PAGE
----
Periodicals; Mormons; Religious thought; Philosophy and religion
Independent national quarterly established to express Mormon culture and examine the relevance of religion to secular life. It is edited by Mormons who wish to bring their faith into dialogue with human experience as a whole and to foster artistic and scholarly achievement based on their cultural heritage. The journal encourages a variety of viewpoints; although every effort is made to insure accurate scholarship and responsible judgment, the views expressed are those of the individual authors and are not necessarily those of the Mormon Church or of the editors.
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Rees, Robert A.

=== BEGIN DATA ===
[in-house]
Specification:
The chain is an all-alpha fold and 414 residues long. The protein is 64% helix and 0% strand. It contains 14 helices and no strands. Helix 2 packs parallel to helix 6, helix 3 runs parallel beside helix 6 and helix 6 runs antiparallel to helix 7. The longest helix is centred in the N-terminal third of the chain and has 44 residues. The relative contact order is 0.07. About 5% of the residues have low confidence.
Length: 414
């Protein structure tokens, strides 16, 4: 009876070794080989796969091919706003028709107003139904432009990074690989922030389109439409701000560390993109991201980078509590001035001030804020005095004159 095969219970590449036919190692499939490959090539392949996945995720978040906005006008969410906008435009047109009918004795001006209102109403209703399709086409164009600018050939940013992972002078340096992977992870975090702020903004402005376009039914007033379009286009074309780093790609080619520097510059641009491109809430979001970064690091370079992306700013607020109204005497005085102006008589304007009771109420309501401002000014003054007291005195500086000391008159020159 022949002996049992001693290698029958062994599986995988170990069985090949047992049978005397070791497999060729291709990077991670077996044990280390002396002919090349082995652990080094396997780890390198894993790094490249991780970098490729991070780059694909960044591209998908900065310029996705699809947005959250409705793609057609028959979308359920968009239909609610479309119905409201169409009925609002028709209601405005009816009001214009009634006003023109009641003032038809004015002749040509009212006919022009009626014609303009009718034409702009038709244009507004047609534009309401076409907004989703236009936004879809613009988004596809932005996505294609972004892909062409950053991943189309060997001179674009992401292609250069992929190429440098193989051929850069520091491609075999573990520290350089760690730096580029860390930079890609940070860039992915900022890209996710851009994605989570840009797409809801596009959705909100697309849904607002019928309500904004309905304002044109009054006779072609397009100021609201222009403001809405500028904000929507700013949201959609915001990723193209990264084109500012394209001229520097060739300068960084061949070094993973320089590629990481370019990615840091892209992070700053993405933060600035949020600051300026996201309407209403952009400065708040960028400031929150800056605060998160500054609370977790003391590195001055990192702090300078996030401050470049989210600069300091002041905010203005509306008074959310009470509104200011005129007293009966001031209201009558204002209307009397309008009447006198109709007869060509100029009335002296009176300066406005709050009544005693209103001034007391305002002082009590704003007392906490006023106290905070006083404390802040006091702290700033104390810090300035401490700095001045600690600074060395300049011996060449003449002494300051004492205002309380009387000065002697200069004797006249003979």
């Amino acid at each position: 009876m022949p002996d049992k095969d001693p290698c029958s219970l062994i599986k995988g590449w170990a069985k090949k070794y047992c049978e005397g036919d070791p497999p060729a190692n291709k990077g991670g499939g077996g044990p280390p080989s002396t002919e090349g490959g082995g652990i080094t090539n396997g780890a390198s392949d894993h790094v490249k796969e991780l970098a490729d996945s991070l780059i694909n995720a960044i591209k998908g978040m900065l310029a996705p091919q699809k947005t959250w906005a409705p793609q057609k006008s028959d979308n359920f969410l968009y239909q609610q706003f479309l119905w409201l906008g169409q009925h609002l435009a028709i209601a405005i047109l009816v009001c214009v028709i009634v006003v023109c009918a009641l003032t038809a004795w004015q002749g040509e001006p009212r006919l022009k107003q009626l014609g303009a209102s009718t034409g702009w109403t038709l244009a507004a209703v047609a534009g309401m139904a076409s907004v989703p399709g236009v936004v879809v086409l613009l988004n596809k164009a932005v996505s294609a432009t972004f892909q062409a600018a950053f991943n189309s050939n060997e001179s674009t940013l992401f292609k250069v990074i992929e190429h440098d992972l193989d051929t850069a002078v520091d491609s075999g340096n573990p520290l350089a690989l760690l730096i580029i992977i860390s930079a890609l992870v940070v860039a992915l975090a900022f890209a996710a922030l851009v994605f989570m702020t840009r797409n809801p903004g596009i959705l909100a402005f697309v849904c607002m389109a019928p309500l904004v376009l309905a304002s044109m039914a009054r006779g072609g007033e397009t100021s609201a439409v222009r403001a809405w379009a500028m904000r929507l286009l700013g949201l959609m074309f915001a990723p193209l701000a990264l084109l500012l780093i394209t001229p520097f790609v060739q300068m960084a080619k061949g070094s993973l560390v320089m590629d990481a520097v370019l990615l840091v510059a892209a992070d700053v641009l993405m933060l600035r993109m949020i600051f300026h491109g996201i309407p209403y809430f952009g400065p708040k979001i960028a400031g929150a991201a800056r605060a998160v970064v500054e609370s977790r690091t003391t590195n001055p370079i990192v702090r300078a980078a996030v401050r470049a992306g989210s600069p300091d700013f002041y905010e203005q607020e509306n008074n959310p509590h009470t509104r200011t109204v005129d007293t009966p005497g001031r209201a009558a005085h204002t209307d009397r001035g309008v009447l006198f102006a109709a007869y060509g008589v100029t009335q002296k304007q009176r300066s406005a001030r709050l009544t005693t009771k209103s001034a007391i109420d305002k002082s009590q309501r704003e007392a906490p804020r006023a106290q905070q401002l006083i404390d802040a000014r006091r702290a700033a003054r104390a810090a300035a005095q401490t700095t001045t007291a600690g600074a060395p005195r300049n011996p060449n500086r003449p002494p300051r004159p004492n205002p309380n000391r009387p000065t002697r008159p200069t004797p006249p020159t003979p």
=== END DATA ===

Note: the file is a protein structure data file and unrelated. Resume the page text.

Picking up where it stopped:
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A Dialogue with Henry Eyring I 105 Eyring: One relates to cancer. What we have found out is a theory of mutation that explains the way chromosomes are changed inside the cell. There are forty-six chromosomes inside the human cell, twenty-three from each parent. Inside these chromosomes are genes. A gene is simply a pattern for making particular molecules. Some of these molecules promote bodily reactions. If you have those reactions going fast enough, the tissue grows. There are other molecules which inhibit growth. If you lose the ability to make these inhibitors because a certain part of the gene is damaged, you may have cancer. The forty-six chromosomes have about a million genes and a small number of them have to do with the crucial function of controlling rate of growth. They can be damaged by radiation or chemicals so that the genes are not coded to make the right molecules. The wrong molecules often are lethal, but the body's defense mechanism, the immune reaction, acts to destroy them. However, some of them leave the cell enough like it was that the body does not recognize it as an intruder. It is a Greek bearing gifts. This cell without the inhibitors grows out of control. That is what cancer is. The cells are much like they were before, but out of control. I have collaborated with Miss Betsy Stover who has been working the last twenty years on cancer mechanisms by injecting dogs with radioactive materials. Together we have written a number of papers interpreting the results of her experimentation. I have read these papers at about twenty universities. The theory that I write down is an equation which fits the data and gives insights into possible causes of cancer that one did not have before. I did not participate in the laboratory research, but I have a facility for seeing how one can explain the experimental results in terms of mechanisms and write equations for them. Kimball: Is that immediately useful? Eyring: Yes, because you can make deductions from it. You can start systematizing and interpreting experimental facts. Some facts are very simple. We are over-engineered against damaging mutations. Chromosomes are getting damaged all the time, but they are also being repaired. While we are young, the repair process goes so fast that cell divisions which result in a seriously modified cell only rarely take place. In their youth, maybe five people per hundred thousand per year will get cancer. But by the time they get up to seventy, it will be 18,000 per hundred thousand because their reserves are used up. If you think of scissors cutting things and needles repairing them, they are running out of needles and thread, so they stay damaged and you get uninhibited growth. What is it that uses up the needles and thread? Bad living. Anything that makes you grow old will increase the likelihood of cancer. Kimball: I remember some research you did in wool fibers and in luciferase. Eyring: Yes, that is related to rates of chemical reactions. And we are still working on these questions. Rates of cooking, or growth of muscles, or tightening of muscles, or using the brain—everything involves the speed of some reactions. It really means getting acquainted with the molecules as if they were your friends and knowing what their nature is and what they will do, how hard you have to throw them at one another so they will change partners. It is like a detective story